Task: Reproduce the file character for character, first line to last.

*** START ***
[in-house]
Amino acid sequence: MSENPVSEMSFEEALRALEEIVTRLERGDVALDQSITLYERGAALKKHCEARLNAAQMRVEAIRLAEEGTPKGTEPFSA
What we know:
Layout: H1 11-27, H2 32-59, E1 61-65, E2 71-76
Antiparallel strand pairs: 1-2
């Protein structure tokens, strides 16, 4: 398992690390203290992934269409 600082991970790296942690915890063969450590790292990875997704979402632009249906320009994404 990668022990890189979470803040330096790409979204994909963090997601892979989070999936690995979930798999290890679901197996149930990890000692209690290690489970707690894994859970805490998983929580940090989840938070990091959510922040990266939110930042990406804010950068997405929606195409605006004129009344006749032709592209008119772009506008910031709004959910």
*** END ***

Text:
[in-house]
Amino acid sequence: MSENPVSEMSFEEALRALEEIVTRLERGDVALDQSITLYERGAALKKHCEARLNAAQMRVEAIRLAEEGTPKGTEPFSA
What we know:
Layout: H1 11-27, H2 32-59, E1 61-65, E2 71-76
Antiparallel strand pairs: 1-2
């Protein structure tokens, strides 16, 4: 398992690390203290992934269409 600082991970790296942690915890063969450590790292990875997704979402632009249906320009994404 990668022990890189979470803040330096790409979204994909963090997601892979989070999936690995979930798999290890679901197996149930990890000692209690290690489970707690894994859970805490998983929580940090989840938070990091959510922040990266939110930042990406804010950068997405929606195409605006004129009344006749032709592209008119772009506008910031709004959910």